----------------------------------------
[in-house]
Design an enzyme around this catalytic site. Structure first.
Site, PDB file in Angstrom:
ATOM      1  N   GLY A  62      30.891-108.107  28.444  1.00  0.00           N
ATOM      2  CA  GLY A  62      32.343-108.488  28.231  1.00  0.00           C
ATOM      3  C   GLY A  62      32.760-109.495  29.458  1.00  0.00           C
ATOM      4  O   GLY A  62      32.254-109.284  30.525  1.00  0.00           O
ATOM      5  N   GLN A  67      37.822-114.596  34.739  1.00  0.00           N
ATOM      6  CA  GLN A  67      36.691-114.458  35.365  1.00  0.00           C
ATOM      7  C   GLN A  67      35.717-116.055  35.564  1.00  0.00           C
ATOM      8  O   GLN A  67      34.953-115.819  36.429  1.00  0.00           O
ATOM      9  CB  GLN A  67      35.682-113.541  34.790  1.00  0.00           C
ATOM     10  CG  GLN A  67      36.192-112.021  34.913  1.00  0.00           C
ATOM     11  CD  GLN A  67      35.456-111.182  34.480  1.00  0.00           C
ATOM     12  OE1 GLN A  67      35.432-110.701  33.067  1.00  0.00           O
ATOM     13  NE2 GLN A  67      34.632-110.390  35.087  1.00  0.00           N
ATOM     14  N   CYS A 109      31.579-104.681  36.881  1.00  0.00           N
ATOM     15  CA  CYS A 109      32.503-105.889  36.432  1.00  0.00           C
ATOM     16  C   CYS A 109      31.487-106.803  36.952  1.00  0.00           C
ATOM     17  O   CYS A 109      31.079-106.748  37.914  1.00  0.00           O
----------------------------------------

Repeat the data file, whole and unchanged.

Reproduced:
[in-house]
Design an enzyme around this catalytic site. Structure first.
Site, PDB file in Angstrom:
ATOM      1  N   GLY A  62      30.891-108.107  28.444  1.00  0.00           N
ATOM      2  CA  GLY A  62      32.343-108.488  28.231  1.00  0.00           C
ATOM      3  C   GLY A  62      32.760-109.495  29.458  1.00  0.00           C
ATOM      4  O   GLY A  62      32.254-109.284  30.525  1.00  0.00           O
ATOM      5  N   GLN A  67      37.822-114.596  34.739  1.00  0.00           N
ATOM      6  CA  GLN A  67      36.691-114.458  35.365  1.00  0.00           C
ATOM      7  C   GLN A  67      35.717-116.055  35.564  1.00  0.00           C
ATOM      8  O   GLN A  67      34.953-115.819  36.429  1.00  0.00           O
ATOM      9  CB  GLN A  67      35.682-113.541  34.790  1.00  0.00           C
ATOM     10  CG  GLN A  67      36.192-112.021  34.913  1.00  0.00           C
ATOM     11  CD  GLN A  67      35.456-111.182  34.480  1.00  0.00           C
ATOM     12  OE1 GLN A  67      35.432-110.701  33.067  1.00  0.00           O
ATOM     13  NE2 GLN A  67      34.632-110.390  35.087  1.00  0.00           N
ATOM     14  N   CYS A 109      31.579-104.681  36.881  1.00  0.00           N
ATOM     15  CA  CYS A 109      32.503-105.889  36.432  1.00  0.00           C
ATOM     16  C   CYS A 109      31.487-106.803  36.952  1.00  0.00           C
ATOM     17  O   CYS A 109      31.079-106.748  37.914  1.00  0.00           O